Coping with the Loss of a Sibling
Some of the cremations as part of cremation services offered in Phoenix, AZ are for brothers and sisters of brothers and sisters who survive them. They may be very young. They may be teenagers. They may be young adults. They may be middle-aged. They may be elderly.
The ages of siblings when a sibling dies determines the response to that death to some degree. Very young children who lose a brother or a sister may not really understand what’s going on. In fact, they may be so young that they don’t remember their sibling and they don’t remember their sibling’s death. They know about their sibling and their sibling’s death only because they’ve been told or have heard about it.
By the time children are teenagers, though, the death of a sibling becomes a big deal. Teenagers know they’ve lost a playmate when they were younger, a friend or a rival as they got older, but someone they loved like their own life, no matter how many squabbles or fights they had over the years.
If other siblings were involved in the incident that killed one sibling, there are likely feelings of guilt, regret (even if none of them caused the incident), or blame. There can also be a lot of anger at the sibling that died, especially if the cause of death was preventable and they had been warned about it.
And out of all this mixture of emotion and feelings that don’t coincide or fit together with each other, teenagers can become confused, depressed, and suicidal. It’s important for parents to be actively involved with teenage siblings after a sibling death.
Parents need to make sure that they are always not just available in person, but emotionally available, and the children need to know that they have a safe place where their feelings and emotions can be honestly expressed.
Young adults who lose a sibling have their first glimpse of their own mortality, and that can be jarring because it destroys the myth of invincibility that goes along with being young without any real life behind you yet.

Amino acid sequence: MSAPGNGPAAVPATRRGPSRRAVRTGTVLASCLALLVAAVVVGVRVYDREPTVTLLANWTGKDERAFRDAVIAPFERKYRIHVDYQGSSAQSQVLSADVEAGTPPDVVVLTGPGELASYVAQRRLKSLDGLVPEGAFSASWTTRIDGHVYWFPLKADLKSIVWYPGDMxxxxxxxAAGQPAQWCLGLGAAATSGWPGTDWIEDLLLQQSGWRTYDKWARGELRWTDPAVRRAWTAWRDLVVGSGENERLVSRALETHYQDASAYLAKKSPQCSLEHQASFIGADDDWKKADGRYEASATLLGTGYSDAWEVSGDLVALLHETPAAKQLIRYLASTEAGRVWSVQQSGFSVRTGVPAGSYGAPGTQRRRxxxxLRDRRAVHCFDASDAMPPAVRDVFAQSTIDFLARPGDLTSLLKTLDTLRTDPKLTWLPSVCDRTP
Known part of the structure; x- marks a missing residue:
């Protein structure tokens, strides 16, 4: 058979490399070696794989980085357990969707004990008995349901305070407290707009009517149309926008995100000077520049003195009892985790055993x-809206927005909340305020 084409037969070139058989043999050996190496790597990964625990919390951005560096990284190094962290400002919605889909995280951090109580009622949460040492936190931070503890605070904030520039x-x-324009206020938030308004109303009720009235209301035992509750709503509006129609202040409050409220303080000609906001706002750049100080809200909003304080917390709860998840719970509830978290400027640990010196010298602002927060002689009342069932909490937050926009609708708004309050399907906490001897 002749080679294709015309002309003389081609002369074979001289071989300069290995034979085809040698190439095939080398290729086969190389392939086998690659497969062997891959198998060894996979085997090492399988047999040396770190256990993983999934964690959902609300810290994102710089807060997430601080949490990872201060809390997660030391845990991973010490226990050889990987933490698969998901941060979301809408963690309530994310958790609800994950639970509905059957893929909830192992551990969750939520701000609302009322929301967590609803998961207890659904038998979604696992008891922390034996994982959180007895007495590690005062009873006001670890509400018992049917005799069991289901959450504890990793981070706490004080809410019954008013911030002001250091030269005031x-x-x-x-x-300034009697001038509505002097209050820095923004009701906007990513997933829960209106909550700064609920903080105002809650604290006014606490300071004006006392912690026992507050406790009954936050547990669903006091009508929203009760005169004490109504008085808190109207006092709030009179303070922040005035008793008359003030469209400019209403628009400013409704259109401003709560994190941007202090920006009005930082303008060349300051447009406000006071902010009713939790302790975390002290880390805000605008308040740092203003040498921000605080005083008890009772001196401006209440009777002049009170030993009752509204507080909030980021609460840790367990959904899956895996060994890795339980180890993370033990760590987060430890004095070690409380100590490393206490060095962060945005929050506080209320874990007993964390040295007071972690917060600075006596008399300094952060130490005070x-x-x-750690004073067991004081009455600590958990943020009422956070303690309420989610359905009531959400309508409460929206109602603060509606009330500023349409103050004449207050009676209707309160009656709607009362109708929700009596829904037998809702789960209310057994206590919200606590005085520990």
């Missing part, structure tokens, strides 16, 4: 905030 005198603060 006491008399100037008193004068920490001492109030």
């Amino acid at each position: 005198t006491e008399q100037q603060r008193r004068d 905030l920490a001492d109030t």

Young adults often react to sibling deaths in one of two ways. They either begin to have an unhealthy obsession and fear of death, including their own, or they avoid thinking about the death at all, refusing to talk about it, and pretending it never happen.
Neither of these is healthy and parents, other siblings, and friends should be there to help intervene and help. Professional counseling may be beneficial for these young adults because they may feel more comfortable talking about what’s discomfiting them with a professional than with their parents, siblings, and friends.
When middle-aged people lose siblings, mortality slaps them in the face. Usually there’s either an equal side of life on either side of the surviving middle-aged siblings or there’s more life behind them than ahead of them. It’s a real wakeup call that makes death suddenly very personal and very real. They may not think about mortality every day, but it’s knocking on their brain with increasing frequency.
When elderly people lose siblings, they are not usually surprised. But their response is to question how long they have left and whether they will be the next to die. Mortality is very immediate for them.
To learn more about cremation services in Phoenix, AZ, our compassionate and experienced team at Simply Cremation & Funeral Arrangements can assist you. You can come to our funeral home at 16952 W. Bell Rd., #303, Surprise, AZ, 85374, or you can contact us today at (623) 975-9393.